Business Advantage PNG: What has the last twelve months been about for Total?
Philippe Blanchard: The last twelve months were mostly dedicated to progressing our Papua LNG development. We drilled Antelope 6 beginning of 2016 and we are currently drilling Antelope 7. This Antelope 7 well should be the last appraisal well. It is located to the west of the field and required to finalise the assessment of Elk Antelope resources. We have also started several field surveys required to perform the environmental and social impact assessments. That will provide us with the baseline which will be used to minimise the potential development impact on the communities and the environment.
Business Advantage PNG: So after you’ve finished that well, you’ll have a really good idea of exactly the extent of gas reserves?
Philippe Blanchard: Yes. We should have a clearer picture of what is in the ground and we hope that uncertainties will be strongly reduced.
Business Advantage PNG: There have been some interesting developments in the courts relating to the project, regarding ExxonMobil’s proposed acquisition of InterOil. What effect has that had on the project, if any?
Philippe Blanchard: Total is operator of the PRL 15 licence and we are continuing to work for delivering the project for the benefit of all stakeholders. We have moved forward on the appraisal programme, the development studies and the baseline surveys. It could not have been done without an engaged and contributive partnership and we thank our partners for this. We will maintain our engagement through this potential change of partnership.
Business Advantage PNG: There is a lot of interest in the infrastructure that’s going to go into Gulf Province and the location of any processing plant. There has also been discussion of possibly sharing facilities …
Philippe Blanchard: In July 2015, we announced the different locations. It was a decision that was shared by the whole partnership. And we said that Papua LNG needed to be a cost-competitive project. A processing plant to separate the gas from the liquids on PRL 15 will be located in Gulf Province; there will be transportation pipelines bringing the gas and liquids to an LNG plant. Our decision was to consider a LNG plant in Caution Bay near Port Moresby as it will also allow us to explore synergies with other projects. If we can make a better project and save on costs, why not? It is our responsibility as operator.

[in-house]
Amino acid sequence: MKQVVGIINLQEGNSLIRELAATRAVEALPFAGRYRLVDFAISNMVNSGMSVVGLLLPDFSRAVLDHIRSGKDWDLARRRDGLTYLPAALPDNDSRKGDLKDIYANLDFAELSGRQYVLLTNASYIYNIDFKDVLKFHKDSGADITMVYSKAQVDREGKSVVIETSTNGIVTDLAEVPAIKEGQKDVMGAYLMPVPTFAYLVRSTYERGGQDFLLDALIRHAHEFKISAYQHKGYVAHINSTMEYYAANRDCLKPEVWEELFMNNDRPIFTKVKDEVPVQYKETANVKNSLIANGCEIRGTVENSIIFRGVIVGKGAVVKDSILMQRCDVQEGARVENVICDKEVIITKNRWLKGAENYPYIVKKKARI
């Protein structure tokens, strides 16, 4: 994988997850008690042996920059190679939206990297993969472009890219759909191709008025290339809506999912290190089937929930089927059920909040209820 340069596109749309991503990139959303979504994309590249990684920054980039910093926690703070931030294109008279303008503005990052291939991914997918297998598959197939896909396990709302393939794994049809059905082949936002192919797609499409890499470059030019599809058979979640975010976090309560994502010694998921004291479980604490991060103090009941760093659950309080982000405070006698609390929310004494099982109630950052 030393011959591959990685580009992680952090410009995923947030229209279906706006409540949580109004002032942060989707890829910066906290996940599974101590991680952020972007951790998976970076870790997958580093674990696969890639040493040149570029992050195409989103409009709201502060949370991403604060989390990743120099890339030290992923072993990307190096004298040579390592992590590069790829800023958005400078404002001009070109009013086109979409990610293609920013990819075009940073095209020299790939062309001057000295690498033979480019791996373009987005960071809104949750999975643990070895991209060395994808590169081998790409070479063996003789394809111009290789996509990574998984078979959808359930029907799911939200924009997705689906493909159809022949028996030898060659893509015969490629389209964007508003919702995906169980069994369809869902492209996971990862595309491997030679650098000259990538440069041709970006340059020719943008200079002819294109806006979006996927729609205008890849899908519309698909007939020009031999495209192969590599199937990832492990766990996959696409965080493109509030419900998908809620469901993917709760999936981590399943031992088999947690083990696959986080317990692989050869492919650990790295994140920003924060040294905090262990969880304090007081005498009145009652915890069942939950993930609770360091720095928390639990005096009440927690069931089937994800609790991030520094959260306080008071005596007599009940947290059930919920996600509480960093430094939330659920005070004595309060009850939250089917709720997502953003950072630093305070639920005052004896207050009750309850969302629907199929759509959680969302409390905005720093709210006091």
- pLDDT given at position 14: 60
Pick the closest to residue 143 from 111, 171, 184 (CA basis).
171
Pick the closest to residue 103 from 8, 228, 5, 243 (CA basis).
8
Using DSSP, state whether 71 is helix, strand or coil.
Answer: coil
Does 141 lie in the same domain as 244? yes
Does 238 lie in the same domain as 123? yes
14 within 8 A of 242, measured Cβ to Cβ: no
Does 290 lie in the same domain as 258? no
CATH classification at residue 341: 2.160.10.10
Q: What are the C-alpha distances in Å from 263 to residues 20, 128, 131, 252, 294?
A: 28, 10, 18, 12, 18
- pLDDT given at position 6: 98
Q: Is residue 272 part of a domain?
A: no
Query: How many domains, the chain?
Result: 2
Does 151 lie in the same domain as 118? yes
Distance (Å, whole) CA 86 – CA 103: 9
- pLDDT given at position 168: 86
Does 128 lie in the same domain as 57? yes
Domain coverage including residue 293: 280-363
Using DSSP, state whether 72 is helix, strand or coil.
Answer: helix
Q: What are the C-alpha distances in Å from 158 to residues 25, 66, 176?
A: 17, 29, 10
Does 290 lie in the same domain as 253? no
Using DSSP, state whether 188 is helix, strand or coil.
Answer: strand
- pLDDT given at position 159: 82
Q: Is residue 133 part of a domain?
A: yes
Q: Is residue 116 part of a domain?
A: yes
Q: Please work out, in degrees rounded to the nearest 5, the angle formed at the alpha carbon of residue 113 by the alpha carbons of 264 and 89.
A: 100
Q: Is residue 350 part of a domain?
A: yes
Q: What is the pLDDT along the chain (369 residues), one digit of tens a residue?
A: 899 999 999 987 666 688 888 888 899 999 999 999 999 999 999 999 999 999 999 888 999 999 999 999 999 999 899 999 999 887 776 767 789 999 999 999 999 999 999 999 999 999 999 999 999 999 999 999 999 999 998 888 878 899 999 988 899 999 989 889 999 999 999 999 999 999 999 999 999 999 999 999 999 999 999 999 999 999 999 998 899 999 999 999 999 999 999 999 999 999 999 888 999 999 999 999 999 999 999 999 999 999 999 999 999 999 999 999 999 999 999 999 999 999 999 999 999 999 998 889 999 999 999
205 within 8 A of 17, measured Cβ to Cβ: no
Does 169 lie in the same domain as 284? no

Business Advantage PNG: You have mentioned previously that there is an opportunity to present LNG to the market in around 2022. Is that window still open?
Philippe Blanchard: Yes, with our planning as it stands today, that window is still open. It’s more 2022/2023 and all the teams are working hard to respect this target. This planning considers that FEED (Front End Engineering and Design) is due to start next year in 2017, for a final investment decision (FID) at the end of 2018. The construction will happen then between 2019 and 2022.
Business Advantage PNG: And if that’s the case, when do you start hiring here?
Philippe Blanchard: First keep in mind that the project is already benefiting the local communities as there are opportunities offered for logistics and drilling activities; however, more people will be employed in the coming years. Which year exactly ? I would say that it depends on what type of work needs to be done. There will be site preparations for the different locations followed by construction. So part of this could start in 2019.
Business Advantage PNG: How many staff have you got at the moment?
Philippe Blanchard: For Total we have, about 140/150 people. This personnel is located in Port Moresby but also on the ground on PRL15, where we have a logistics base, a drilling site and few surveys camps. In addition, we have contracted staff on these sites.
Performing drilling activities, as well as baseline surveys at the same time, requires to carry a lot of people from one place to the other, hence the logistics base and the personnel requirement. Therefore, to conduct all these operations, we are employing local civil works companies for building our well pads, local specialists or expertise through our contractors for the environmental and social baseline surveys.
And because we are running our activities from PNG, all our contractors have an office in Papua New Guinea. It is easier for interacting with them and checking directly how things are progressing without having to travel abroad.